I’ve spent an awful lot of time criticizing the Legislature these past few weeks, and I’ve no apologies. I put a lot of effort into helping to elect Democrats, and thus I have a special obligation to keep their feet to the fire once they’re in office. But as frustrating and disappointing as the budget battle has been, there have been quite a few positive things to come out of this session, not the least of which is HB 1517, which finally reforms our states convoluted system for restoring voting rights to felons who have served their time.
For decades, Washington has been home to some of the nation’s most restrictive felon voting laws, which as of today have effectively disenfranchised over 167,000 otherwise eligible citizens. As no less an authority than the American Correctional Association has long argued, felon disenfranchisement is “contradictory to the goals of a democracy, the rehabilitation of felons and their successful reentry to the community.”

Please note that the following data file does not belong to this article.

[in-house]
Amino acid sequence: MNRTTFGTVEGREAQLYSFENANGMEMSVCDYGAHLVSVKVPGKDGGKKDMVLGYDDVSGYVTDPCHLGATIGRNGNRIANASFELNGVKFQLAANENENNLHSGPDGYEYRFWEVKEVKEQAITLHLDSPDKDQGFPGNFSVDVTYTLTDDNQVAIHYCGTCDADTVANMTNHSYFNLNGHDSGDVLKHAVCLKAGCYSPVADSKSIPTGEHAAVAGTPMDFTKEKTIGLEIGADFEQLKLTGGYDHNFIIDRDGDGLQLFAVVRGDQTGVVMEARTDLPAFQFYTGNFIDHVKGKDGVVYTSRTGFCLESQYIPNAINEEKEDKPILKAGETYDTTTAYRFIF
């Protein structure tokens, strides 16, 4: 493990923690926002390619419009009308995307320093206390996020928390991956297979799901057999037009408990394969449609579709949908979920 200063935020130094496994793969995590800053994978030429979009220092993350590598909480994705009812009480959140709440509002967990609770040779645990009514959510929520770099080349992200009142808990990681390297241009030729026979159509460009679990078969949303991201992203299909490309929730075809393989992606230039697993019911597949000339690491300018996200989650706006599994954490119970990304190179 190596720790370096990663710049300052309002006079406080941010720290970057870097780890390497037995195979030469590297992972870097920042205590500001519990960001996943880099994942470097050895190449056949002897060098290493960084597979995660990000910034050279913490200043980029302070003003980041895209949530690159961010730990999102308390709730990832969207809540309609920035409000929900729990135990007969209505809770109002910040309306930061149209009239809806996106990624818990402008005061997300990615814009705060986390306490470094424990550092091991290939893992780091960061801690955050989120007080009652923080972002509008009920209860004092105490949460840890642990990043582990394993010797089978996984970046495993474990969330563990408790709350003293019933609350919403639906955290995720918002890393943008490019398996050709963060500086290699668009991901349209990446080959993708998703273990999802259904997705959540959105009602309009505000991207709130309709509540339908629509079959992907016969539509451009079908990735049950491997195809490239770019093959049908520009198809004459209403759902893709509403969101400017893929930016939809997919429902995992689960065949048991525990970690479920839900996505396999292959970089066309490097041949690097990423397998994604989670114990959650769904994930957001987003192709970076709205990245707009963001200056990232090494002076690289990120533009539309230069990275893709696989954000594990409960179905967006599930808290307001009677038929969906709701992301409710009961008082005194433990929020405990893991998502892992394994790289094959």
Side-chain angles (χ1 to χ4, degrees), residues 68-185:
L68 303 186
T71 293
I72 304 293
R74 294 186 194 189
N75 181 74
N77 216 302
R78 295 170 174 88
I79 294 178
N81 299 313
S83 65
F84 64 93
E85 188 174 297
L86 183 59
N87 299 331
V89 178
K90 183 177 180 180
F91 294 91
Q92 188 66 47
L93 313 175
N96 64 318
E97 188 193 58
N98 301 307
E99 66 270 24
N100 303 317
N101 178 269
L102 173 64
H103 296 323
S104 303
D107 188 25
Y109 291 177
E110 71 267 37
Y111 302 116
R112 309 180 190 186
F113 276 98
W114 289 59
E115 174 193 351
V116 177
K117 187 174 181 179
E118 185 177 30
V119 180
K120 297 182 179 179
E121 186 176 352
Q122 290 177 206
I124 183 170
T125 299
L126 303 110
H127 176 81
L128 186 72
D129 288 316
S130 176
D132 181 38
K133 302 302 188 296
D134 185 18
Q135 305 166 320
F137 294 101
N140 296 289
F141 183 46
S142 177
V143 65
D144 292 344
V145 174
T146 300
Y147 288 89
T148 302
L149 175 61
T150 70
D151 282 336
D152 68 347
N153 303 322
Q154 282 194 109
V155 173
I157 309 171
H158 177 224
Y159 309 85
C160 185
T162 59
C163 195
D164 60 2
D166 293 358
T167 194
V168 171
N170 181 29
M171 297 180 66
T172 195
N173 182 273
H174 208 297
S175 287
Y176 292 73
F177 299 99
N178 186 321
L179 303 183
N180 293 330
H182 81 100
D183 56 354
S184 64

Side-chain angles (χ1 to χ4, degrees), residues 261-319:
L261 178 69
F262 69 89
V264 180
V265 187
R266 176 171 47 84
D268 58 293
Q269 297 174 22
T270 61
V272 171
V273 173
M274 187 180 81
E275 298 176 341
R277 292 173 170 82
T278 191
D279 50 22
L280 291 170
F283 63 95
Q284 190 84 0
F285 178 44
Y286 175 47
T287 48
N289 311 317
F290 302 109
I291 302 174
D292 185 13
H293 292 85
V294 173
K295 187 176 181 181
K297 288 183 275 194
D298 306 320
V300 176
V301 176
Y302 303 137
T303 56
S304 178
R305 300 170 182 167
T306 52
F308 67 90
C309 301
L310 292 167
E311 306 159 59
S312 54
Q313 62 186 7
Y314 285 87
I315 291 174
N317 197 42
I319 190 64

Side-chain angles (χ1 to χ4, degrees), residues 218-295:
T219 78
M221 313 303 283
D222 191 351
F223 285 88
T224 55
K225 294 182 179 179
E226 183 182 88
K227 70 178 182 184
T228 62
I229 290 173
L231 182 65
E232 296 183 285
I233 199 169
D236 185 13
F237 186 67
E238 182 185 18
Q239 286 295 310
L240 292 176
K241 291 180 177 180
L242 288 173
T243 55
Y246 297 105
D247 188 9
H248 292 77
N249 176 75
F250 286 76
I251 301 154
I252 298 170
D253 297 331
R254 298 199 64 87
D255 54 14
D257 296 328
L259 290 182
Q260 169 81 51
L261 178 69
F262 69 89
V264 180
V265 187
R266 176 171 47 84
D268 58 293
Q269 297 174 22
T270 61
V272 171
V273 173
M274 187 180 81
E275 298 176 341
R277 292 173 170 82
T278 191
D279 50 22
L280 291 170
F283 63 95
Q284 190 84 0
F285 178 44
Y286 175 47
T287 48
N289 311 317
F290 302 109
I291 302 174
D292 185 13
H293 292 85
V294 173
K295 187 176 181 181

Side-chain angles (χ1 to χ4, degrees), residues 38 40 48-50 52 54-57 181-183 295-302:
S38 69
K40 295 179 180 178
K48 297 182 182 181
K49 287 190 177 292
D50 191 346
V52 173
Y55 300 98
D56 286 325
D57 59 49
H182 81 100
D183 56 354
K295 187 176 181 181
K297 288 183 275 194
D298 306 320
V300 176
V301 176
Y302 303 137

Under HB 1517, felons may now register to vote once they have served their sentence and completed state supervised parole or probation. It wasn’t an easy vote for many Democrats, who are often made the victim of Republican efforts to label them as soft on crime, but it was the right thing to do. And ironically, while our restrictive felon voting laws have long had a disproportionate impact on minority communities, Washington’s felon population is still overwhelmingly white, male and working class… the state GOP’s core demographic.
Amongst Rossiphiles, the felon voter is still a potent bogeyman. But if there is anything positive to have come out of the GOP’s losing arguments in the 2004 gubernatorial election contest, it was the increased awareness of our undemocratic and unworkable felon disenfranchisement laws, and this new bill that reforms them.